For professional groomers, few models can match the power of the K-9 III and Metro Master Blaster MB-3CD. Both of these have two motors that can be independently or in conjunction with one another for maximum drying in the shortest amount of time. However, while these both have high and low settings, neither offers variable speed control, so if you want to be able to fine tune the airflow you may be better off with the Chris Christensen Kool Dry.

Special Honors

Super HurryCanine Force Designed for the quick drying of large, double-coated breeds in professional and extremely busy grooming salons, the Super HurryCanine Force is constructed from heavy-duty galvanized steel, for withstanding heavy impacts, and capable of delivering an air volume of up to 246 cubic feet per minute. It offers two speed settings and also comes with a flexible 8.5-foot hose. hurrycanine.com

Aeolus TD-907TW Requiring no tables or blowers and without any loud noises, the expensive Aeolus TD-907TW is a high-performance dryer box that dispenses hot air with negative ions, giving multiple pets a smooth coat while simultaneously purifying the air within the cabinet. Several vent holes along the bottom allow for fresh air circulation and its integrated infrared lights help to stimulate a pup's blood circulation during the drying process. This one also includes an auto shutoff feature when the temperature exceeds a preset limit. aeoluspet.com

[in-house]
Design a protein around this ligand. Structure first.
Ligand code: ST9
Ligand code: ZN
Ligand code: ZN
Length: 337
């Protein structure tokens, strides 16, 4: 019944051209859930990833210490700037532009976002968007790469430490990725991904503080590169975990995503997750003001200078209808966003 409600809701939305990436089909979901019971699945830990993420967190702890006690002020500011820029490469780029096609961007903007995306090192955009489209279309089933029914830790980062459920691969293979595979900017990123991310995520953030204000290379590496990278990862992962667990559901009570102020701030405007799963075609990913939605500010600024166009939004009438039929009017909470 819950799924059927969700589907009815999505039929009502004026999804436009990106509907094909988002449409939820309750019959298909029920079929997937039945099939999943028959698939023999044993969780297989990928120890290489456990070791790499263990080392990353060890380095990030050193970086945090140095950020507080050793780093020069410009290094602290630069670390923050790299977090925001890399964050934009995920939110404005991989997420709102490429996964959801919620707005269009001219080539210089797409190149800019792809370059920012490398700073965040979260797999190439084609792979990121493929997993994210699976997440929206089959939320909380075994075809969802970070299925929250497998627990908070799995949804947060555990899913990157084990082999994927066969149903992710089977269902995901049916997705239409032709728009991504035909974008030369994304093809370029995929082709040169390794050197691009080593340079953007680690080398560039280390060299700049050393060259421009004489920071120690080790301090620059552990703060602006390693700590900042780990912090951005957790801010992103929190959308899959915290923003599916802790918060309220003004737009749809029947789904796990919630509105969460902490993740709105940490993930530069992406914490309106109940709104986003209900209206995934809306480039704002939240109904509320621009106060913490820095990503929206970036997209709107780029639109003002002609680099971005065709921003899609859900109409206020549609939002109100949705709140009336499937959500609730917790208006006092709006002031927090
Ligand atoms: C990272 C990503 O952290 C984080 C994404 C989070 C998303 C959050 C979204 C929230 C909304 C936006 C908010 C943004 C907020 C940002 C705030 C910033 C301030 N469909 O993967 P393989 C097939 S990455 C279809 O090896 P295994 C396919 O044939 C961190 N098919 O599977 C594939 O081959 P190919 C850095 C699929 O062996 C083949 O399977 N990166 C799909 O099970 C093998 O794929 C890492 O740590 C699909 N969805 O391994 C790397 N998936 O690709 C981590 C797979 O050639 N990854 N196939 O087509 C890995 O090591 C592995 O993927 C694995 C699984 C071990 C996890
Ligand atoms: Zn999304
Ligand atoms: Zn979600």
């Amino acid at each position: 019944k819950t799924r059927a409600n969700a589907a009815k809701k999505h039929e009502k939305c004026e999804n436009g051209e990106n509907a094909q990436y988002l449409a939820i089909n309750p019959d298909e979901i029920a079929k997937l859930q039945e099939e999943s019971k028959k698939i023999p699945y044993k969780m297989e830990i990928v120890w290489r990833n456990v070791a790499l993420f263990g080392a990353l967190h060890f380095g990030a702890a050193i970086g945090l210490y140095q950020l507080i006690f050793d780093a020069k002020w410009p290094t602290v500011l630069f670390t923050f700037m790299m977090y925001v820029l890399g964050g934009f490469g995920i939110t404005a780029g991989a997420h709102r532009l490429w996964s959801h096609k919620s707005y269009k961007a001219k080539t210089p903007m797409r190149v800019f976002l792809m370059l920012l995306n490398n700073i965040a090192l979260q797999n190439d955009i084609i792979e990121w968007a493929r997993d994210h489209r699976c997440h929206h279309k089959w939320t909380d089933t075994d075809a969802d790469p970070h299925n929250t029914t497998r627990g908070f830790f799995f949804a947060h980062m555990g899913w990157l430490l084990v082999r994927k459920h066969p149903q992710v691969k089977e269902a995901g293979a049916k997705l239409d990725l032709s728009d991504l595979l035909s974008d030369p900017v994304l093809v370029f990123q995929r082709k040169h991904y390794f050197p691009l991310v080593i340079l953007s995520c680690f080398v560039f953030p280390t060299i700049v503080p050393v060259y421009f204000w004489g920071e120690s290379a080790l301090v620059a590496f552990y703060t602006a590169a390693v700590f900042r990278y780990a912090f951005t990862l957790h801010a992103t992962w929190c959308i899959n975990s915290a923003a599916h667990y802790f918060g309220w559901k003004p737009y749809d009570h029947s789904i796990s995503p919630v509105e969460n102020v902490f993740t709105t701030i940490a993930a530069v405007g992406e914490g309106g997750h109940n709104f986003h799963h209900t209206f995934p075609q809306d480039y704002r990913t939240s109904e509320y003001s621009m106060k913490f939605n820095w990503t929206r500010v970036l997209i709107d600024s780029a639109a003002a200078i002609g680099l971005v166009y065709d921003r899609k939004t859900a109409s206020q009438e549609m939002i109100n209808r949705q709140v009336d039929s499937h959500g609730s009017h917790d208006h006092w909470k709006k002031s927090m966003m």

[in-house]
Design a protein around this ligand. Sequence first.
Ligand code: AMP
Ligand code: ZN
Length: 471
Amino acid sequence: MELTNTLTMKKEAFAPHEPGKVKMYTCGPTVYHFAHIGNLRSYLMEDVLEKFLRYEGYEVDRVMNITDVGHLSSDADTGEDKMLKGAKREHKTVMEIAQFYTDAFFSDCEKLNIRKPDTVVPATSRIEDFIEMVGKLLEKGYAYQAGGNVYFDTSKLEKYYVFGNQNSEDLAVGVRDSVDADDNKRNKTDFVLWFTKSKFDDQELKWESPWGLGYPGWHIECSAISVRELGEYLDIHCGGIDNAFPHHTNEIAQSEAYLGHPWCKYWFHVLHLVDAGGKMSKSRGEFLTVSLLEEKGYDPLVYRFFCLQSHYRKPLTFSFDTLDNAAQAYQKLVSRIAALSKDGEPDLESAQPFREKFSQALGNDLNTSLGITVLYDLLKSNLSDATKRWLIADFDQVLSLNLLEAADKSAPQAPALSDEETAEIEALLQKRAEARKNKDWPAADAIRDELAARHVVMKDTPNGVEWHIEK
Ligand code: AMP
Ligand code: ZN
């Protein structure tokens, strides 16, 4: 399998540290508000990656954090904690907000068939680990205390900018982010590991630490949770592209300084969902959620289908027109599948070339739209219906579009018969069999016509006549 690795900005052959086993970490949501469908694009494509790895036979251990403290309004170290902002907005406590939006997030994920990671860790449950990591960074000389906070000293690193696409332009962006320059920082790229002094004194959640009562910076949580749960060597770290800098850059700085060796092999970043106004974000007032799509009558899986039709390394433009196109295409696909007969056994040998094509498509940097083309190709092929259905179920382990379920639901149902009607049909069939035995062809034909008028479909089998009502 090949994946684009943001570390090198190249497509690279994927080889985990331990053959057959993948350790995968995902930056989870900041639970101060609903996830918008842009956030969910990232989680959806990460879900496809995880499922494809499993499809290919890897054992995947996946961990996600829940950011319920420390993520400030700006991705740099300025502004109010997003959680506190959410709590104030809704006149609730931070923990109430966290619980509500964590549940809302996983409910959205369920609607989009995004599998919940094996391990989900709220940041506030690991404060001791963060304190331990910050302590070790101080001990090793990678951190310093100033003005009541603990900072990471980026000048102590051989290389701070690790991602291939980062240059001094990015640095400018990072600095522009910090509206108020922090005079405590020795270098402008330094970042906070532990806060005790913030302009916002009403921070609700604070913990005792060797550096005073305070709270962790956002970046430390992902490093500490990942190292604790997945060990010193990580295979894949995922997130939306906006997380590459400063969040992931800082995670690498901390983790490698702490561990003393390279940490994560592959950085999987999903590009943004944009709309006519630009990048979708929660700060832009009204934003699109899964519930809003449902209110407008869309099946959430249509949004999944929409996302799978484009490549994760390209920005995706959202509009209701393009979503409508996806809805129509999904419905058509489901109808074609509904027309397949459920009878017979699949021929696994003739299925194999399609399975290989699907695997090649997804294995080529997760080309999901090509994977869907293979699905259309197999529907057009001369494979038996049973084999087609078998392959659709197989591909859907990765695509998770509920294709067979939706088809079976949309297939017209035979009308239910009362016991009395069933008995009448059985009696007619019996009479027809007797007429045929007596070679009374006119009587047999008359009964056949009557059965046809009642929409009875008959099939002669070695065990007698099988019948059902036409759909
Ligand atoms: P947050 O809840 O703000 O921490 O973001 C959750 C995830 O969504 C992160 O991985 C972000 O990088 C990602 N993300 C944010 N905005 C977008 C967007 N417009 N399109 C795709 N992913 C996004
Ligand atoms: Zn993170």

4. K-9 III

5. Metro Air Force Master Blaster

6. Flying Pig FOSD

7. iPettie Breeze

8. Petacare Professional

9. Xpower Thermal Ace

10. B-Air Fido Max 1

What Makes A Dog Dryer Different From A Blow Dryer?

For these reasons, most models have strong motors that power internal fans with impressive rotation-per-minute capabilities.

Since dogs don't typically stay still for their groomers the way humans will, these dryers are designed with canine habits and needs in mind. Groomers usually need both hands free when they're working on a dog so they can hold it still, and use a comb or scissors at the same time. That's why many dog dryers are built into stable bases and designed to sit vertically or horizontally on their own. Dog dryers need to work fast, since pets won't sit still for very long, nor do owners want their wet animals running around the house. For these reasons, most models have strong motors that power internal fans with impressive rotation-per-minute capabilities.

Busy salons that need to dry several dogs at once use dryers that provide hundreds of cubic feet of airflow, enabling them to dry a few dogs in one area while they go groom another client. Many dryers warm the air around them by up to 20 degrees Fahrenheit, as well as the air directly in front of them, creating a comfortable environment for damp dogs to sit in. Most dogs don't understand commands like, "Turn around" or "Lift your leg," so rather than hoping for flexible pets, groomers look for dryers with long, bendable hoses.

It's especially important that busy groomers get a dryer that is made from durable, high-impact material like ABS plastic, so it can survive being knocked over by a strong tail or a playful puppy. Concerned pet owners should look for groomers who are experienced in the safe handling of dogs. Dryers designed for a professional groomer's needs usually come with various attachments that can handle all types of dog hair, from the thickest curls of a poodle to the wiry strands of a terrier.

How To Keep A Dog Calm During Grooming